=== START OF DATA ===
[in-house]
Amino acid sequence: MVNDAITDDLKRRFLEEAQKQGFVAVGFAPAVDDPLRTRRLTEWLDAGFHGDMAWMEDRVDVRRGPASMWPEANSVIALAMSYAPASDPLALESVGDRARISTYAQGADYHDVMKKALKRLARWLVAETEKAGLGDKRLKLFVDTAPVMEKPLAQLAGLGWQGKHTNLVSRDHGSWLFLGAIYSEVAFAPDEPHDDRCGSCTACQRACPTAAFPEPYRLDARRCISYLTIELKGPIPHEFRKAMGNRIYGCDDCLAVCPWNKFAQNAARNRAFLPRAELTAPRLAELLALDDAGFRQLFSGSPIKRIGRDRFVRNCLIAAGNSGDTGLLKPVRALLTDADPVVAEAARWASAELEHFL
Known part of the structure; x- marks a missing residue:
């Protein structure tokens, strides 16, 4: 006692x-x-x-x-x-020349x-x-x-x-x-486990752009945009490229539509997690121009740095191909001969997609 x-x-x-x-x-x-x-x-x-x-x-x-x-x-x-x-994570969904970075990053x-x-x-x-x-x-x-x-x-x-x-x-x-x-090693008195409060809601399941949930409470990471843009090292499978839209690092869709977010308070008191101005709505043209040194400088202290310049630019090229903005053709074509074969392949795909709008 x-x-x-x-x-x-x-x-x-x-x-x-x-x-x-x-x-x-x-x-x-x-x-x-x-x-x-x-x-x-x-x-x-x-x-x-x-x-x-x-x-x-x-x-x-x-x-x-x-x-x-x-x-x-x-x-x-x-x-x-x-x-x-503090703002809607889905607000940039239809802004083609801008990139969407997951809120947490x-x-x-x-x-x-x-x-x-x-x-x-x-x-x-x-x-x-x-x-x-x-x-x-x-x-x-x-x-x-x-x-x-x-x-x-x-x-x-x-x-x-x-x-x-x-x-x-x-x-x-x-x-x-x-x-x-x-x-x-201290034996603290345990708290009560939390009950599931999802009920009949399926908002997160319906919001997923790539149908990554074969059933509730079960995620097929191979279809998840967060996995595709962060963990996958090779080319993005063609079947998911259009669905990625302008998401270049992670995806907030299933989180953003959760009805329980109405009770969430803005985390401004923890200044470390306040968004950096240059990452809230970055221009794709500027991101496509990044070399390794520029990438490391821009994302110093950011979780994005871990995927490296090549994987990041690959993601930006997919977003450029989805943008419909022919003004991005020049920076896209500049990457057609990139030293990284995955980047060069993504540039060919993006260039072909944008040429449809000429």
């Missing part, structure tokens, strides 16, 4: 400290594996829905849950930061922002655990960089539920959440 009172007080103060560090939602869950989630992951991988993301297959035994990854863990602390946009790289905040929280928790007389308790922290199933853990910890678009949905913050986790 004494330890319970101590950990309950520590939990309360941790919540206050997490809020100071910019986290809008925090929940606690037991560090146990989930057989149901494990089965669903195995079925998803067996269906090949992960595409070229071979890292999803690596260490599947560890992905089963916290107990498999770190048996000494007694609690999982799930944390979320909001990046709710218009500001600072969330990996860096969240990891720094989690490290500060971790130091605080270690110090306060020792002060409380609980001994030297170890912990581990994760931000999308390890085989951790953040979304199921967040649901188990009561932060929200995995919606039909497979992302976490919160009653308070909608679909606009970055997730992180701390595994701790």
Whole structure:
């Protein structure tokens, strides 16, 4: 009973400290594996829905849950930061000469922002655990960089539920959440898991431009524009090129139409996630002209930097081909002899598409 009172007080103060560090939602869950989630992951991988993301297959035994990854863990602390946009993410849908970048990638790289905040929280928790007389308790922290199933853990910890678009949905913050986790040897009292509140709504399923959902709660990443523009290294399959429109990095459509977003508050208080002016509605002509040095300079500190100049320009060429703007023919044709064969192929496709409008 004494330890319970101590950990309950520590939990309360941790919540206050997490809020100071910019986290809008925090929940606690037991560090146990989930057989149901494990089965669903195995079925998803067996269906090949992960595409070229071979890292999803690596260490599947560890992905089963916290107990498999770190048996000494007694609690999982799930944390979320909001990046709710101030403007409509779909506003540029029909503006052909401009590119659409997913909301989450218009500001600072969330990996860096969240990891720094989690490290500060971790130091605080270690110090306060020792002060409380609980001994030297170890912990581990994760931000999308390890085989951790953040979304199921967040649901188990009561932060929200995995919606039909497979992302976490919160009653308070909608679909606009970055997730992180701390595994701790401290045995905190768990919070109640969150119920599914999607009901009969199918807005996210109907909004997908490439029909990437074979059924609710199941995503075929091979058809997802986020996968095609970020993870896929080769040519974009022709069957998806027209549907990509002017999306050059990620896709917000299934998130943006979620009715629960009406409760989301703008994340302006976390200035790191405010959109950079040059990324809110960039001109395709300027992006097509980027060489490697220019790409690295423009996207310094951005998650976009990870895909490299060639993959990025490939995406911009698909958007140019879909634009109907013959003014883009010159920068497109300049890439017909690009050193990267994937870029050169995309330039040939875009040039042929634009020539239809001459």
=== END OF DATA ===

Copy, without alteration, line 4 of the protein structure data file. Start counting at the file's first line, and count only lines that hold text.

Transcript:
């Protein structure tokens, strides 16, 4: 006692x-x-x-x-x-020349x-x-x-x-x-486990752009945009490229539509997690121009740095191909001969997609 x-x-x-x-x-x-x-x-x-x-x-x-x-x-x-x-994570969904970075990053x-x-x-x-x-x-x-x-x-x-x-x-x-x-090693008195409060809601399941949930409470990471843009090292499978839209690092869709977010308070008191101005709505043209040194400088202290310049630019090229903005053709074509074969392949795909709008 x-x-x-x-x-x-x-x-x-x-x-x-x-x-x-x-x-x-x-x-x-x-x-x-x-x-x-x-x-x-x-x-x-x-x-x-x-x-x-x-x-x-x-x-x-x-x-x-x-x-x-x-x-x-x-x-x-x-x-x-x-x-x-503090703002809607889905607000940039239809802004083609801008990139969407997951809120947490x-x-x-x-x-x-x-x-x-x-x-x-x-x-x-x-x-x-x-x-x-x-x-x-x-x-x-x-x-x-x-x-x-x-x-x-x-x-x-x-x-x-x-x-x-x-x-x-x-x-x-x-x-x-x-x-x-x-x-x-201290034996603290345990708290009560939390009950599931999802009920009949399926908002997160319906919001997923790539149908990554074969059933509730079960995620097929191979279809998840967060996995595709962060963990996958090779080319993005063609079947998911259009669905990625302008998401270049992670995806907030299933989180953003959760009805329980109405009770969430803005985390401004923890200044470390306040968004950096240059990452809230970055221009794709500027991101496509990044070399390794520029990438490391821009994302110093950011979780994005871990995927490296090549994987990041690959993601930006997919977003450029989805943008419909022919003004991005020049920076896209500049990457057609990139030293990284995955980047060069993504540039060919993006260039072909944008040429449809000429």